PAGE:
The Swiss may not have weighed up all the consequences of voting in a referendum for immigration quotas for EU citizens, an EU official said yesterday (10 February).
“I am not sure that all the consequences [of a vote to introduce immigration quotas] have been part of the debate in Switzerland ahead of the referendum,” an EU official told reporters.
Swiss voters on Sunday narrowly backed proposals to reintroduce immigration quotas with the European Union. The results are likely to put EU-Swiss relations to the test, as the Union sees the free movement of persons as a “sacred” principle which cannot be dissociated from the free movement of goods and services.
The proposal may have looked simple to Swiss voters, as it referred to quotas on immigration. But now they realise that this has consequences on issues such as railroad or air transport, the official said.
One million of EU citizens living in Switzerland and 400,000 Swiss citizens living in EU countries feel anxiety following the referendum, as they would find themselves in “some kind of limbo” which could have “quite destabilising consequences for some of these people personally”, the official added.
The Guillotine Clause
The official insisted that the vote would not trigger in itself immediate consequences.
“We don’t know when this is going to happen and how the Swiss government envisages taking the issue forward”, the official said, explaining that in theory at least, the Swiss government had three years to enact the referendum results.
“Clearly, this [enacting the referendum results] would not be acceptable to the EU”, he said, adding that such step would have “very serious consequences for EU-Swiss relations across the board”.
If and when the Swiss authorities enact the referendum results by introducing quotas to EU citizens, this will represent a breach of the existing EU-Switzerland agreements and will trigger the so-called “guillotine clause”.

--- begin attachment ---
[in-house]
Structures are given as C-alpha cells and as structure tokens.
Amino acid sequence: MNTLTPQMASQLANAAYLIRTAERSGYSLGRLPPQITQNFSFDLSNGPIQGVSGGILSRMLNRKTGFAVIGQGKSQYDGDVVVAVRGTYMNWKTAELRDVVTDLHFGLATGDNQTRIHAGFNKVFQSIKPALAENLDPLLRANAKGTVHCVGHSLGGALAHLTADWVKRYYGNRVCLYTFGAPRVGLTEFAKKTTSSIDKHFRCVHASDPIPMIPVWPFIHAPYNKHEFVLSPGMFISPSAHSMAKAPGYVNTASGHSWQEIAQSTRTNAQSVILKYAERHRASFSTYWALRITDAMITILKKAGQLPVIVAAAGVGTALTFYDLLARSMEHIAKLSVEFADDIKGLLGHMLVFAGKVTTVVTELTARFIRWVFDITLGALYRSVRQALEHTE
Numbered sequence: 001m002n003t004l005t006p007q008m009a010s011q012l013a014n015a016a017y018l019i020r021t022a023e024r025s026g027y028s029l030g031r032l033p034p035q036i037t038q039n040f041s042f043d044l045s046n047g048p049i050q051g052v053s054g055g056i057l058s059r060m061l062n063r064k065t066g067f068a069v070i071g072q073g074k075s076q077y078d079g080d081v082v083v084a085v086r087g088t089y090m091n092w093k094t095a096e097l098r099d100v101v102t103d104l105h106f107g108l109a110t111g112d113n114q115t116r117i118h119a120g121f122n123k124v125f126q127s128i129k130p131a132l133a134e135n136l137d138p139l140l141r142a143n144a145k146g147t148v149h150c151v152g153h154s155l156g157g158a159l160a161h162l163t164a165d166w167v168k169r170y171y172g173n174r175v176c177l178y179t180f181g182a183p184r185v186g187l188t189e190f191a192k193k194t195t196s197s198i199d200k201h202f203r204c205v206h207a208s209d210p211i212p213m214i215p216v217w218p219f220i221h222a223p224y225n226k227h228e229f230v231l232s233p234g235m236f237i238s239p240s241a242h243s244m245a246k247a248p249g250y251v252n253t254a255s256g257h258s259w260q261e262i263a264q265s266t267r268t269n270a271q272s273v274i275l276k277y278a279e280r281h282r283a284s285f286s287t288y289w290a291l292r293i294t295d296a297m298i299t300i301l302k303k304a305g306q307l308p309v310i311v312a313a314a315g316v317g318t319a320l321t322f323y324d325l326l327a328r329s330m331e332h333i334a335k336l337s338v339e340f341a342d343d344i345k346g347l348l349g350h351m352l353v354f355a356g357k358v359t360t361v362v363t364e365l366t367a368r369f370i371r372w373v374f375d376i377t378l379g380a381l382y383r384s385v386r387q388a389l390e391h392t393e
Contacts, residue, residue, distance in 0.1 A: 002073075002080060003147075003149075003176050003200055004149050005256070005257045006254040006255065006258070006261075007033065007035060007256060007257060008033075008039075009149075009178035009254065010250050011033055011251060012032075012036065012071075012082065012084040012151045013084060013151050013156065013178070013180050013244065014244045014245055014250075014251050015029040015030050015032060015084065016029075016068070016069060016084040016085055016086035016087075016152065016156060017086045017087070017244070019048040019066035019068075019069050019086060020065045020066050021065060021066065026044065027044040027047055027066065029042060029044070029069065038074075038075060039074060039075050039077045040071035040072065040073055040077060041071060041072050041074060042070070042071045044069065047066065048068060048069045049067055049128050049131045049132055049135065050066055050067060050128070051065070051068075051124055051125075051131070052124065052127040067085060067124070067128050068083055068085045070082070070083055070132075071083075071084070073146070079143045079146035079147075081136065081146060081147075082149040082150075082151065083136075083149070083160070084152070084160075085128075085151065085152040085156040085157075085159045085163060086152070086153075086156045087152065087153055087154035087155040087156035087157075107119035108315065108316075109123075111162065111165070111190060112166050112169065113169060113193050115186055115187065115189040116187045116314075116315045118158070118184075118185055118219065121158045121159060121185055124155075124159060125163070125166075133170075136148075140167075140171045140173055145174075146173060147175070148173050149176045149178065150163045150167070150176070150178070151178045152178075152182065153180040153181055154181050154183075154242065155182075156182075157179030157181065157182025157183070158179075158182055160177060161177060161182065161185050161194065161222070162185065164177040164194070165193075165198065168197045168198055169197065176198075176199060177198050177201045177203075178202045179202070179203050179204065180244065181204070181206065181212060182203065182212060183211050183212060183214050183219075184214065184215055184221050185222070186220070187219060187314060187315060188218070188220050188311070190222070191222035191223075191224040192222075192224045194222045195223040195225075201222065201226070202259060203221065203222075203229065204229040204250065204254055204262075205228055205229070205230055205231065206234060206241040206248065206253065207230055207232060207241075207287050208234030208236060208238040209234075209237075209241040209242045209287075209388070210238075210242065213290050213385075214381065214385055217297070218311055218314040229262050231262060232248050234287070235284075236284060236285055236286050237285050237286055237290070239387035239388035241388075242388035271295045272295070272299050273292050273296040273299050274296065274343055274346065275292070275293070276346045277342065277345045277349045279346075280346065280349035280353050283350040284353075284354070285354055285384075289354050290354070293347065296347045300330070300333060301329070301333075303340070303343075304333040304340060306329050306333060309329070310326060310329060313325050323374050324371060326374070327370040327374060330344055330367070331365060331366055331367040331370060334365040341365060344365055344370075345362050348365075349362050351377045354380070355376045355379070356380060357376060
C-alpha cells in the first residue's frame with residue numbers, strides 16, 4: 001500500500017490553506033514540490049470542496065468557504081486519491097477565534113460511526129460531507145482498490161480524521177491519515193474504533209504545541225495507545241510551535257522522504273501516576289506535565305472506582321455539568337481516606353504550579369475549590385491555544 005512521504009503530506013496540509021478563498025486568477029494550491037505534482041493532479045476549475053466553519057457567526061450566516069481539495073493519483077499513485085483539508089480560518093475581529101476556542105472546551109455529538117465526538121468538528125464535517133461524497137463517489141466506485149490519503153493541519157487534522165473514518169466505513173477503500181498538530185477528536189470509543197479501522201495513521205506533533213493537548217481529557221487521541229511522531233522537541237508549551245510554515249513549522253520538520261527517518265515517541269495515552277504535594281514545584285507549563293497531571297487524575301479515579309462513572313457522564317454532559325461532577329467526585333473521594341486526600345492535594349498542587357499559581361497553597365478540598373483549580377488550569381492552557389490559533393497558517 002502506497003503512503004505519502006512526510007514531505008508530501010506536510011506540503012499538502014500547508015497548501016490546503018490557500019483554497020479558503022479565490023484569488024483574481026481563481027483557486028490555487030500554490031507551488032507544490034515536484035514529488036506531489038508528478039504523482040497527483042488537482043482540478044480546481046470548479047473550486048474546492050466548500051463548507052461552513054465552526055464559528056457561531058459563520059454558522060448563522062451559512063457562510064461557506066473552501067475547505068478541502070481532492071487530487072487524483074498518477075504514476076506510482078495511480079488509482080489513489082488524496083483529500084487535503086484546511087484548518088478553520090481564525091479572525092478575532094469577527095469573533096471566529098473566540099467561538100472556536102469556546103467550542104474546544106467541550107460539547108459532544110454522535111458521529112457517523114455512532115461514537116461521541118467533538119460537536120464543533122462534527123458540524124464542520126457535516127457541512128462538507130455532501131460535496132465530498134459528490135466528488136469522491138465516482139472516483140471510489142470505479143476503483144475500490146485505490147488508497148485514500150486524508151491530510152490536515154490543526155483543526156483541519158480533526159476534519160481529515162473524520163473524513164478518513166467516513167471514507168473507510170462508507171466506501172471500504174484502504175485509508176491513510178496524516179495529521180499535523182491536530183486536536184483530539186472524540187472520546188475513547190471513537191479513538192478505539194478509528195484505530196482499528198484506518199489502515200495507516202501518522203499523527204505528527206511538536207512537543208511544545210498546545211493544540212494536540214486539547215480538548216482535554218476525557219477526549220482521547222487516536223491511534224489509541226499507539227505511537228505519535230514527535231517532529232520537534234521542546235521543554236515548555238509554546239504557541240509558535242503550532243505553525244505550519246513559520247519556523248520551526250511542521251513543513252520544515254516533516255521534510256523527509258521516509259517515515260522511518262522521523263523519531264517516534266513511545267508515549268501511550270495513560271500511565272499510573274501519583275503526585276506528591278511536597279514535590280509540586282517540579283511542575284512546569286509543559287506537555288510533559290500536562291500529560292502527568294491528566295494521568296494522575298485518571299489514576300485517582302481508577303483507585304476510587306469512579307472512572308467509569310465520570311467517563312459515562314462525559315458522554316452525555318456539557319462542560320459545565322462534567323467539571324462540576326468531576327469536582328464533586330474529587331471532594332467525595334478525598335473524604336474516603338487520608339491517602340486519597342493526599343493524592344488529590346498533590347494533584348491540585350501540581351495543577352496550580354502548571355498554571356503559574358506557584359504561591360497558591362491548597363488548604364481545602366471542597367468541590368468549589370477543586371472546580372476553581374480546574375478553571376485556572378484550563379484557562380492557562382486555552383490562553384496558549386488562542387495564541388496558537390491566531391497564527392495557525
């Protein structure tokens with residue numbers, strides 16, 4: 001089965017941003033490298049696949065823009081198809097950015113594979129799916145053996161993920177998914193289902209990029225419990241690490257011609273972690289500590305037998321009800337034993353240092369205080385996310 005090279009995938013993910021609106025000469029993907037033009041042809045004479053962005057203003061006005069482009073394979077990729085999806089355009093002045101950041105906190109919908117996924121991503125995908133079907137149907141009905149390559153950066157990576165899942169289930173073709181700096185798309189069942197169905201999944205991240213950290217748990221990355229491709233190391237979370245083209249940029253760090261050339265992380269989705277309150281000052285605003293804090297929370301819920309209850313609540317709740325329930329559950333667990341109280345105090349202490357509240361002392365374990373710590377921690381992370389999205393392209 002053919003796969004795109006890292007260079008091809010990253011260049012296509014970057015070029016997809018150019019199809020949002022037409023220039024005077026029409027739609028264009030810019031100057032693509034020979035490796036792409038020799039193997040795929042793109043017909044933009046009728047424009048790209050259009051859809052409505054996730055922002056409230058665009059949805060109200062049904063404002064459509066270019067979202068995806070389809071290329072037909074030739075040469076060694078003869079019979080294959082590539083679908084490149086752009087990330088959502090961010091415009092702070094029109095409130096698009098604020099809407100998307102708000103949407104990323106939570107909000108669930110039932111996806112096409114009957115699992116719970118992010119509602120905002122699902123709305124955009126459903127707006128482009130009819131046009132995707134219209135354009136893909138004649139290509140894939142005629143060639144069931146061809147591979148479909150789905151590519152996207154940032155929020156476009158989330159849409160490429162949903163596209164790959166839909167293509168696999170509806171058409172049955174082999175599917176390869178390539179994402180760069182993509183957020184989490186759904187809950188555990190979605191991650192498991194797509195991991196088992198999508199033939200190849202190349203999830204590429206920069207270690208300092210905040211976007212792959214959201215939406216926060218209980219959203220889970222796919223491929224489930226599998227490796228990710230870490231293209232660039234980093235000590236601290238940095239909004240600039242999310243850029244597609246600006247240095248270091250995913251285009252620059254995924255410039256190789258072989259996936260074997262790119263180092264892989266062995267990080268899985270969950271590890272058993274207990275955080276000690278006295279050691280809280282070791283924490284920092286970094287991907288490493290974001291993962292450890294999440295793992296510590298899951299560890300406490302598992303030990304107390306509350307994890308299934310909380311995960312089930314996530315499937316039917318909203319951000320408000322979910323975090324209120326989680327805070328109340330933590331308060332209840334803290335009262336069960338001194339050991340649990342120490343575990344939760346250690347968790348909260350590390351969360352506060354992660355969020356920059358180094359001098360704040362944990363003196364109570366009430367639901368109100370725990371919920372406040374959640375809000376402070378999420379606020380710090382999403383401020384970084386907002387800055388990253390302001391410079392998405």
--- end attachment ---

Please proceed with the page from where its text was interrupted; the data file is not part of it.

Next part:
The Guillotine Clause in EU-Switzerland agreements stipulates that if one agreement is terminated, then the entire body of treaties will be null and void. What this means is not that “trains will stop running and airplanes would stop flying”, but “it would make life much more complicated”, the official said.
But the Guillotine Clause can be triggered only by unanimity among the EU members. Asked if the UK would back the use of the Guillotine Clause on an issue such as immigration quotas, which has recently been advocated by Prime Minister David Cameron himself, the EU official said he would not speculate.
The Croatia issue
The EU official made it clear that in the short term, a possible non-extension of the free movement of persons to Croatia by Switzerland is expected to have consequences. He explained that the extension of the free movement of persons to Croatia, which joined the EU on 1 July last year, was seen until now as a technicality and was expected to happen from 1 July 2014. But now EU officials fear that this would pose problems on the Swiss side and they would not be able to proceed with this step and announce a suspension.
In that case, the EU might “assess the consequences” of on-going negotiations with Switzerland, particularly in the area of free movement in research programs such as Horizon 2020 and education program such as Erasmus+. This would mean that the EU would suspend the negotiation of those agreements with Switzerland.